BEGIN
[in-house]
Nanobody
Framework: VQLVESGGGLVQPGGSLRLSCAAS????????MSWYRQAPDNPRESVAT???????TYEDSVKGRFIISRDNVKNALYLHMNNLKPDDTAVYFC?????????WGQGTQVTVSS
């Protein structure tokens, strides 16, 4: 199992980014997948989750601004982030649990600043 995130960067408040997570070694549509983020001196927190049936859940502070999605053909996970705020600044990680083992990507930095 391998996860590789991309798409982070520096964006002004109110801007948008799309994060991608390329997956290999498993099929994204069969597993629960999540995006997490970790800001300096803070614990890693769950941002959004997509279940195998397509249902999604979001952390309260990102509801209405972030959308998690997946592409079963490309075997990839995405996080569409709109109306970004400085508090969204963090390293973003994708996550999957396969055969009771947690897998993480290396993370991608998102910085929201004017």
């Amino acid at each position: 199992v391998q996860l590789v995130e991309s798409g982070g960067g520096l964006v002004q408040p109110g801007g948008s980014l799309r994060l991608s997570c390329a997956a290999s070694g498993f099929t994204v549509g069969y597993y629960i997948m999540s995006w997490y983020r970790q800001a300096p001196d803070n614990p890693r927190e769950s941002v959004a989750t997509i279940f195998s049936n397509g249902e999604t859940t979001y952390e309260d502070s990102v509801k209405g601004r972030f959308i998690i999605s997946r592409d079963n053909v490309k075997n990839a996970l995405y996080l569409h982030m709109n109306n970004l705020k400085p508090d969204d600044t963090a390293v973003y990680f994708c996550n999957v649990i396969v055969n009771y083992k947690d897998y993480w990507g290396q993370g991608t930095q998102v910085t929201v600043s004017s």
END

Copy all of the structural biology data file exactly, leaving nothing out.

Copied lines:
[in-house]
Nanobody
Framework: VQLVESGGGLVQPGGSLRLSCAAS????????MSWYRQAPDNPRESVAT???????TYEDSVKGRFIISRDNVKNALYLHMNNLKPDDTAVYFC?????????WGQGTQVTVSS
């Protein structure tokens, strides 16, 4: 199992980014997948989750601004982030649990600043 995130960067408040997570070694549509983020001196927190049936859940502070999605053909996970705020600044990680083992990507930095 391998996860590789991309798409982070520096964006002004109110801007948008799309994060991608390329997956290999498993099929994204069969597993629960999540995006997490970790800001300096803070614990890693769950941002959004997509279940195998397509249902999604979001952390309260990102509801209405972030959308998690997946592409079963490309075997990839995405996080569409709109109306970004400085508090969204963090390293973003994708996550999957396969055969009771947690897998993480290396993370991608998102910085929201004017």
């Amino acid at each position: 199992v391998q996860l590789v995130e991309s798409g982070g960067g520096l964006v002004q408040p109110g801007g948008s980014l799309r994060l991608s997570c390329a997956a290999s070694g498993f099929t994204v549509g069969y597993y629960i997948m999540s995006w997490y983020r970790q800001a300096p001196d803070n614990p890693r927190e769950s941002v959004a989750t997509i279940f195998s049936n397509g249902e999604t859940t979001y952390e309260d502070s990102v509801k209405g601004r972030f959308i998690i999605s997946r592409d079963n053909v490309k075997n990839a996970l995405y996080l569409h982030m709109n109306n970004l705020k400085p508090d969204d600044t963090a390293v973003y990680f994708c996550n999957v649990i396969v055969n009771y083992k947690d897998y993480w990507g290396q993370g991608t930095q998102v910085t929201v600043s004017s």